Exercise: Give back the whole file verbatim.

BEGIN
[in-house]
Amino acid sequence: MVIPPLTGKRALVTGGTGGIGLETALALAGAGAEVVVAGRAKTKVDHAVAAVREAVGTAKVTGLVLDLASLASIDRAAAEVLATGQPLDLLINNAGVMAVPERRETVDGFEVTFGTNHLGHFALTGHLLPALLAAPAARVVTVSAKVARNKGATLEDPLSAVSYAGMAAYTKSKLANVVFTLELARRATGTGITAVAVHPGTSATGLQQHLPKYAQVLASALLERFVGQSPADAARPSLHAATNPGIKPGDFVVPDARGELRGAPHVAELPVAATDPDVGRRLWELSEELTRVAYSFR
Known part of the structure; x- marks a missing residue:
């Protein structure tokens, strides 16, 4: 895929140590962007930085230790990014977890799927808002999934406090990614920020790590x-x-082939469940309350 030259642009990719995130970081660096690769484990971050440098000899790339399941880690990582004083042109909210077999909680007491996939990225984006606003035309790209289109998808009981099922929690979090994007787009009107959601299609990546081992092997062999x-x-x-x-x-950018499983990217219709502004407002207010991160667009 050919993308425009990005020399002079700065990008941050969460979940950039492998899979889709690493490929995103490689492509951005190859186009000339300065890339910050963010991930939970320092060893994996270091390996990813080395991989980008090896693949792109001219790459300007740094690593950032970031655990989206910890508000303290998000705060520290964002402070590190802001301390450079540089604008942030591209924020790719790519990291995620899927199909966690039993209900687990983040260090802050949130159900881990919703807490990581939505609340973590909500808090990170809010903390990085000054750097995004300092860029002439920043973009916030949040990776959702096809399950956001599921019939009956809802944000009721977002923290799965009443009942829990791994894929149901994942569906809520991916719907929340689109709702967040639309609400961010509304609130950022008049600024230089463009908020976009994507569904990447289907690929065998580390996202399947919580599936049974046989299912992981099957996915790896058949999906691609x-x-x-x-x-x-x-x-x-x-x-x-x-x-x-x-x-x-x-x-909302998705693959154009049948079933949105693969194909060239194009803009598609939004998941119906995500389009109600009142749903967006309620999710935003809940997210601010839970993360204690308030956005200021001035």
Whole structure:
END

[in-house]
Amino acid sequence: MVIPPLTGKRALVTGGTGGIGLETALALAGAGAEVVVAGRAKTKVDHAVAAVREAVGTAKVTGLVLDLASLASIDRAAAEVLATGQPLDLLINNAGVMAVPERRETVDGFEVTFGTNHLGHFALTGHLLPALLAAPAARVVTVSAKVARNKGATLEDPLSAVSYAGMAAYTKSKLANVVFTLELARRATGTGITAVAVHPGTSATGLQQHLPKYAQVLASALLERFVGQSPADAARPSLHAATNPGIKPGDFVVPDARGELRGAPHVAELPVAATDPDVGRRLWELSEELTRVAYSFR
Known part of the structure; x- marks a missing residue:
């Protein structure tokens, strides 16, 4: 895929140590962007930085230790990014977890799927808002999934406090990614920020790590x-x-082939469940309350 030259642009990719995130970081660096690769484990971050440098000899790339399941880690990582004083042109909210077999909680007491996939990225984006606003035309790209289109998808009981099922929690979090994007787009009107959601299609990546081992092997062999x-x-x-x-x-950018499983990217219709502004407002207010991160667009 050919993308425009990005020399002079700065990008941050969460979940950039492998899979889709690493490929995103490689492509951005190859186009000339300065890339910050963010991930939970320092060893994996270091390996990813080395991989980008090896693949792109001219790459300007740094690593950032970031655990989206910890508000303290998000705060520290964002402070590190802001301390450079540089604008942030591209924020790719790519990291995620899927199909966690039993209900687990983040260090802050949130159900881990919703807490990581939505609340973590909500808090990170809010903390990085000054750097995004300092860029002439920043973009916030949040990776959702096809399950956001599921019939009956809802944000009721977002923290799965009443009942829990791994894929149901994942569906809520991916719907929340689109709702967040639309609400961010509304609130950022008049600024230089463009908020976009994507569904990447289907690929065998580390996202399947919580599936049974046989299912992981099957996915790896058949999906691609x-x-x-x-x-x-x-x-x-x-x-x-x-x-x-x-x-x-x-x-909302998705693959154009049948079933949105693969194909060239194009803009598609939004998941119906995500389009109600009142749903967006309620999710935003809940997210601010839970993360204690308030956005200021001035």
Whole structure: